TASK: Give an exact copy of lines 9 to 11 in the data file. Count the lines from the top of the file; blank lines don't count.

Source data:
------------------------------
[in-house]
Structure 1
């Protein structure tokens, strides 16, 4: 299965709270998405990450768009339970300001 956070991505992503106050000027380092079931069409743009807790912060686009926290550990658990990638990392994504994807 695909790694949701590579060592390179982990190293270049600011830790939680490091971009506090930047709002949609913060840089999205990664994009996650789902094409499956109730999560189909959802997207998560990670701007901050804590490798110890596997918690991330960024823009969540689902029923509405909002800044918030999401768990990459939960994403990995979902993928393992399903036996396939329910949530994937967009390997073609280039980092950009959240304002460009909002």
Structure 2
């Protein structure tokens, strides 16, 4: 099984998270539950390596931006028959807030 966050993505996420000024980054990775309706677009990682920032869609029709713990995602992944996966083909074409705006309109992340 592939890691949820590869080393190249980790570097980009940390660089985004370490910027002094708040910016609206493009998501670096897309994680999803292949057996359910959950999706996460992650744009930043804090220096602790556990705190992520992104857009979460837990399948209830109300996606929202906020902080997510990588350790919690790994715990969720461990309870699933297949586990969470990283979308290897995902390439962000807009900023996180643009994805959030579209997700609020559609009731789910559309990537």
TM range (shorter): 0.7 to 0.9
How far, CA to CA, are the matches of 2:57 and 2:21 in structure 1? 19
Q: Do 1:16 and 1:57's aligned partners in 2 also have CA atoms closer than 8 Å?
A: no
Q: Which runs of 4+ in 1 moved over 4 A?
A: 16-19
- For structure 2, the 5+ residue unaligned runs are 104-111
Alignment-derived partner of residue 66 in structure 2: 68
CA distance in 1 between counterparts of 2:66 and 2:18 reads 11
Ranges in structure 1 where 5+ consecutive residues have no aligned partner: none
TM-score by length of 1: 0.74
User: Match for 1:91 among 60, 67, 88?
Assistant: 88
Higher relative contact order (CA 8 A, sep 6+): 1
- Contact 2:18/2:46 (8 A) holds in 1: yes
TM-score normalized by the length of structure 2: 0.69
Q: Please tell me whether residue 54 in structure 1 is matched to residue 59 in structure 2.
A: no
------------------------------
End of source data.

A: no
Q: Which runs of 4+ in 1 moved over 4 A?
A: 16-19